- RELATED ARTICLES FROM THE REGISTER STAR: Judy Emerson's column, "Thompson skedaddled before situation got ugly" (9/17/07)
- Register Star article on Kenneth Jackson (9/17/07)
A column by Rockford Register Star (Ill.) columnist Judy Emerson criticizes Collier Schools Superintendent Dennis Thompson's track record running Rockford schools, citing his handling of a situation regarding a school principal who wasn't certified be be an education administrator in Illinois.
A story in the Registar Star today said "Kenneth Jackson failed one test required to maintain his credentials as principal of Jefferson High."
In the column, headlined "Thompson skedaddled before situation got ugly," posted to the Register star's Web site, www.rrstar.com on Monday, the same principal is accused by Emerson of changing students' grades from failing to passing in situations she says where students didn't earn those grades.
Emerson accuses Thompson of "supporting Jackson’s grade shenanigans."
She says she asked Thompson about the grading in an editorial board meeting with him, and that his response, "We're checking on that," was Thompson's way of "stalling while he finalized his Florida deal."
Some administrators refuted that claim.
"[Thompson] told Jackson that it didn't fit in with district policy, and he should change [the grades] back," said Dr. Richard Fairgrieves, Regional Superintendent of Schools for the Boone-Winnebago region in Illinois.
Officials from District 205 in Rockford, Thompson's former district, criticized the timing of Emerson's column.
"It's one thing to speculate about that now, after the developments in the media that weren't on the radar screen when Dr. Thompson left," said Mark Bonne, a spokesman for the district and a former columnist for the Register Star. "If you turn back the clock, the community was taken by surprise, and I don't think anyone would have envisioned a column like the one Judy just wrote, being in our future."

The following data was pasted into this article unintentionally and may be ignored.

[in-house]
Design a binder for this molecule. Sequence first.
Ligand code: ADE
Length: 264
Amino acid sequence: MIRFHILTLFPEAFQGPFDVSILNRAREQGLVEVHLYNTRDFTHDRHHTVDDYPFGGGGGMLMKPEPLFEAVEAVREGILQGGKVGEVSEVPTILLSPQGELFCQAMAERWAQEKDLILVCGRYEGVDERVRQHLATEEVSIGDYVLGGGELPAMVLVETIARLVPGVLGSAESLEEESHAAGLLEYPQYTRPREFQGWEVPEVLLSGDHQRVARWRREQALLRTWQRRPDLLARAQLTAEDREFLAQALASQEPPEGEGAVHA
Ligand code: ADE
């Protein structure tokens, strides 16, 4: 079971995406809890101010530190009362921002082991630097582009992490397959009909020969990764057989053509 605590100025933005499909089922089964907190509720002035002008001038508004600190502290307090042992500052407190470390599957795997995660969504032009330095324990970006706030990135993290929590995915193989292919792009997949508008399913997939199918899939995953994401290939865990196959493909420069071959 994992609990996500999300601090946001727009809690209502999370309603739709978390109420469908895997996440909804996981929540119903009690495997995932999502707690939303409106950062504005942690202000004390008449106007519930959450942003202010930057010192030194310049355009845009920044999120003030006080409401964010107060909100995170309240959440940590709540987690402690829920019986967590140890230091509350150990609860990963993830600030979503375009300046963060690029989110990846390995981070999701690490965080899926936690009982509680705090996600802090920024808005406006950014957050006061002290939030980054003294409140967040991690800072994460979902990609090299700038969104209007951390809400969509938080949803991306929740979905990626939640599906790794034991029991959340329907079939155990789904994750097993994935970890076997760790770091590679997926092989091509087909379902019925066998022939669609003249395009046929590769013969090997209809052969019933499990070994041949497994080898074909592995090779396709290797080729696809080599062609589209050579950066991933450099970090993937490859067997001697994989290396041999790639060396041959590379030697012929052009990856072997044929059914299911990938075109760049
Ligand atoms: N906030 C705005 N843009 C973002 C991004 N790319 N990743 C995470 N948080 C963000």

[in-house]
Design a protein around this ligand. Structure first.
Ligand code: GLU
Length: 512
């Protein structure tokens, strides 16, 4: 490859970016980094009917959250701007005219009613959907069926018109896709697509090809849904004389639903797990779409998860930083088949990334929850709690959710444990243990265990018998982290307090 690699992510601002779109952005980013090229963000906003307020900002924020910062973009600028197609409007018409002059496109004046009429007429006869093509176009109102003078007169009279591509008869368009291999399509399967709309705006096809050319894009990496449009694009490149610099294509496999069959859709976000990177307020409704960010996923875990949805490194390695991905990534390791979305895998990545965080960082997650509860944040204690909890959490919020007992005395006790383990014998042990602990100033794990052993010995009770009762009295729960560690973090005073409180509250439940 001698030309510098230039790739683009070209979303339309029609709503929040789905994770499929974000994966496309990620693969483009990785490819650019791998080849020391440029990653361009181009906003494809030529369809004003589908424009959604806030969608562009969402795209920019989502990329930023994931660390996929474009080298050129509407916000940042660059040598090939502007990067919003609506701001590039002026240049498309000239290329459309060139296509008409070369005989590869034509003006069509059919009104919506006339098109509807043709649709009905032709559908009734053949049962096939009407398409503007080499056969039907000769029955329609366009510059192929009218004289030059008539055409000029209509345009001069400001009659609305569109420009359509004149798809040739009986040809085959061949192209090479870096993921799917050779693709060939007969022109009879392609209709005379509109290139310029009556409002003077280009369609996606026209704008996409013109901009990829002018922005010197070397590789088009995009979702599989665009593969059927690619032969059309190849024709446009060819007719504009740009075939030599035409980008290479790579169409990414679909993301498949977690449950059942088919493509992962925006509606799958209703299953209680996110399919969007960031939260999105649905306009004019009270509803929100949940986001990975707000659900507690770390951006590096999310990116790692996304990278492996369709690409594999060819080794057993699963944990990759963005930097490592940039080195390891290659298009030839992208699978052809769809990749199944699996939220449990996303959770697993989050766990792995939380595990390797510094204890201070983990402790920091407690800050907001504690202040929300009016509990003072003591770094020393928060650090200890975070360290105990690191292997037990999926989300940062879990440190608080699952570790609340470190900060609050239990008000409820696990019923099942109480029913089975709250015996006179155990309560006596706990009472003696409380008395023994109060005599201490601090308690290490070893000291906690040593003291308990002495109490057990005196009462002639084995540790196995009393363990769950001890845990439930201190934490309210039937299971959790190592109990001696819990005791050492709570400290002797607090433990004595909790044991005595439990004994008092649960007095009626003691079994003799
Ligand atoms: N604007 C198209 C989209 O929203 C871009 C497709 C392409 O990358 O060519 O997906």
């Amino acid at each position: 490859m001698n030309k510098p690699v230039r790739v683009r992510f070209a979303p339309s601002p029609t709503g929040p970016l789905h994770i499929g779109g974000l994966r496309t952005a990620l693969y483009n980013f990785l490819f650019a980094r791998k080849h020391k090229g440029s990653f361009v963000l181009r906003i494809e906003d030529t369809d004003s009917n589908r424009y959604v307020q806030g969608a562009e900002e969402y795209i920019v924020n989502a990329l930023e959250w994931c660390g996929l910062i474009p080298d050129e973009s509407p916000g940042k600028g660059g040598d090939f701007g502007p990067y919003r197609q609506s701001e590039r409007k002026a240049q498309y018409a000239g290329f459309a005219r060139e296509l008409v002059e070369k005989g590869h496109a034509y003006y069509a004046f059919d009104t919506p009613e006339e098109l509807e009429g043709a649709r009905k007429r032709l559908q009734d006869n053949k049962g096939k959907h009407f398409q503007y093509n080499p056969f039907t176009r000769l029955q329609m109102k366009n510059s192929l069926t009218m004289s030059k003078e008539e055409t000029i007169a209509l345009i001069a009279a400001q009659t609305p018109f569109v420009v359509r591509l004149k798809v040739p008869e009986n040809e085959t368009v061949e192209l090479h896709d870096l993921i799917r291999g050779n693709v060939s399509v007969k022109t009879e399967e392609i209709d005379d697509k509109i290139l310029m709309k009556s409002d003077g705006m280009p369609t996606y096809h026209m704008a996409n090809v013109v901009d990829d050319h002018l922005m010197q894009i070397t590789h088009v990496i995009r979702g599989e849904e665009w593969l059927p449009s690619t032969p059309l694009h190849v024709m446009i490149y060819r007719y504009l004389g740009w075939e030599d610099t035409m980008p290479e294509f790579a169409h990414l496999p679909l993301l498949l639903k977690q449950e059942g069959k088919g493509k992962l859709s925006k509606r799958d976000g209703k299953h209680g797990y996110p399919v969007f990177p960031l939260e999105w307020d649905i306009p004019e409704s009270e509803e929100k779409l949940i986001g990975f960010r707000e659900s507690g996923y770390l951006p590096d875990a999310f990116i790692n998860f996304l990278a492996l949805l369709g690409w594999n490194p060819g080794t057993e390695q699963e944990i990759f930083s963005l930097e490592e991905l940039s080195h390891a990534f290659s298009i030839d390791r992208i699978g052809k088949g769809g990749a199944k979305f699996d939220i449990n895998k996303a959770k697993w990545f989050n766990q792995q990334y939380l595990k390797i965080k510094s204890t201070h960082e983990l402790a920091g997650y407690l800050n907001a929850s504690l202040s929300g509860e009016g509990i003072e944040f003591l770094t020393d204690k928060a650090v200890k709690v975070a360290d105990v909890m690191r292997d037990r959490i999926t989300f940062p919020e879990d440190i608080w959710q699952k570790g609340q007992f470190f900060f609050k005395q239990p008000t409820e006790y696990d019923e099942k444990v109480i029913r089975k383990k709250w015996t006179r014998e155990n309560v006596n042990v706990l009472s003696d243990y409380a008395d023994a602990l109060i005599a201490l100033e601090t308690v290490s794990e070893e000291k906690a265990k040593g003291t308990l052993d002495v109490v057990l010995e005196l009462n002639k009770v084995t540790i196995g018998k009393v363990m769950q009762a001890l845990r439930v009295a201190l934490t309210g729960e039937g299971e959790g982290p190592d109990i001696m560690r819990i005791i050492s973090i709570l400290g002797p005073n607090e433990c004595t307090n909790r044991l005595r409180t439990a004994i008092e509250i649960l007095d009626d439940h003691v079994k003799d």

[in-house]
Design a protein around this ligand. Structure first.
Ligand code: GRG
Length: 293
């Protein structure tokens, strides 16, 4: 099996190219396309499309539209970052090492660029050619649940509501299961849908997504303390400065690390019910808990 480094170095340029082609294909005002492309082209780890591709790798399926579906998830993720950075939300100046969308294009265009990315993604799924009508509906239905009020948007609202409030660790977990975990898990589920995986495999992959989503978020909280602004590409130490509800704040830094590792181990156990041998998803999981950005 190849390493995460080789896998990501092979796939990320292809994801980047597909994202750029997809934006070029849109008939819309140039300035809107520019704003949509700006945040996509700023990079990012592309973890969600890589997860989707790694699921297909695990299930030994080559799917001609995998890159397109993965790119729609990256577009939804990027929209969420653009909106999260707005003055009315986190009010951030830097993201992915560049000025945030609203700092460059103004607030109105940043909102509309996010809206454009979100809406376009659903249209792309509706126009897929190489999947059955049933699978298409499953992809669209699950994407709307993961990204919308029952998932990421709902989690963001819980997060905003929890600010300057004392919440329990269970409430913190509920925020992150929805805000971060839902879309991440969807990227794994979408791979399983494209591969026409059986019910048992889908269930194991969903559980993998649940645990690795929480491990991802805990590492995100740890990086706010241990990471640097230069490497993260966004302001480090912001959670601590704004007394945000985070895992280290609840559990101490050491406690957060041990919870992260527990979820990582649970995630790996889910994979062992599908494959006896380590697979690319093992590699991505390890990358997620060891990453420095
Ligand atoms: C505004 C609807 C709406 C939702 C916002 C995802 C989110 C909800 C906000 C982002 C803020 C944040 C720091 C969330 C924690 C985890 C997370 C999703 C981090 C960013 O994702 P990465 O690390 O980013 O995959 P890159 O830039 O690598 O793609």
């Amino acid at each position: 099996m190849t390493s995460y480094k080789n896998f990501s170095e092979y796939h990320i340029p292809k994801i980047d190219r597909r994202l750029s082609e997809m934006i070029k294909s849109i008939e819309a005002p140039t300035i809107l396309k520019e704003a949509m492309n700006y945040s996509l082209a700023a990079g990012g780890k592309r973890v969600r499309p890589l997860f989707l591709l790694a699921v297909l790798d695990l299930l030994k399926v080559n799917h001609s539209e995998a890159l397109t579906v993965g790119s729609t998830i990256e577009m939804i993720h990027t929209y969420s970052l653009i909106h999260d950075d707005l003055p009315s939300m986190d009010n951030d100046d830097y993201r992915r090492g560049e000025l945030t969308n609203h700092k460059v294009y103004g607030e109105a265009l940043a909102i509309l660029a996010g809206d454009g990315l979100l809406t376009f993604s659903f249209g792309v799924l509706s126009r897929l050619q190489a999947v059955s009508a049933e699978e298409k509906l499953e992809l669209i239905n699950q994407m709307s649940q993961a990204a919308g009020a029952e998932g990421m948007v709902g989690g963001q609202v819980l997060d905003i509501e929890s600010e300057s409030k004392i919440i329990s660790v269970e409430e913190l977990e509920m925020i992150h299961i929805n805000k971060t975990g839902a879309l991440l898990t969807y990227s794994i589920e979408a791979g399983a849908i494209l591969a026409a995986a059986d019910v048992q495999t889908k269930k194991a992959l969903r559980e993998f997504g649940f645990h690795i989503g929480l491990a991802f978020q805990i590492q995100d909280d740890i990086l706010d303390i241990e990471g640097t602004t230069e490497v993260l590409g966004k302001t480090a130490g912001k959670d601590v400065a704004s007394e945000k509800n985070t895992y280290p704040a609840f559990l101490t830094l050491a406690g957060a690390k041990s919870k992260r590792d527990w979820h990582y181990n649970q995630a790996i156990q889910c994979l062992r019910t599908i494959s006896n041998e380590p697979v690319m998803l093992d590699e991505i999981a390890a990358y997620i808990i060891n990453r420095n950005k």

Bonne described Thompson as a "popular superintendent," especially amongst the business community, during his tenure in Rockford.
About Kenneth Jackson, Bonne said the new superintendent and administration was "doing what's right and legal, despite what's being said in the media." He said he couldn't comment on Jackson because it was a personnel issue.
Fairgrieves said that Jackson's certification was current until Aug. 27, which means he was certified under Thompson's tenure.
Jackson's certification was revoked because he didn't pass or take all of the necessary tests to update his provisional certification he received when he came from Michigan. He had been suspended with pay by the school district shortly before then while the grade-changing incident is investigated, according to Fairgrieves.
Thompson said when he hired Jackson to the district, he told him that he wanted to improve student behavior and student achievement at Jefferson High School.
"There are many good teachers at Jefferson. But many teachers were grading students on attitude and behavior," he said. "Grades should be based on academic achievement. I had teachers who, a week after school started, told me they could tell me who the A students were, who the D students were. After a week?"
Thompson said the Rockford School District did some research and found that 12 of Jefferson's teachers had failure rates of more than 70 percent. He said he supported an initiative from Jackson to change the grades of students from Fs to Ds if the teachers did not call parents of failing students.
"If the teacher could show that they had called the parents, we would change the grade back," he said. "I wanted to ensure we were grading kids on what they could do and not what their behavior is."
Thompson said he received complaints from the Rockford Education Association, which represents the teachers, that Jackson was not changing the grades back once they had shown him proof they had called students' parents.
"I met with Jackson and asked if the grades had been changed. We were going to meet with the counselors and look at the grades before the start of school, but then I was placed on administrative leave," he said.
The Rockford School Board placed Thompson on administrative leave while he interviewed for the superintendent's position in Naples, which he accepted last month.
"I left three weeks before school started and the counselors weren't back at school," he said. "I don't know what happened after I left."
Thompson said he stands behind his decision to support Jackson about the grades.
"It should be about academic achievement," he said.
Daily News staff contributed to this report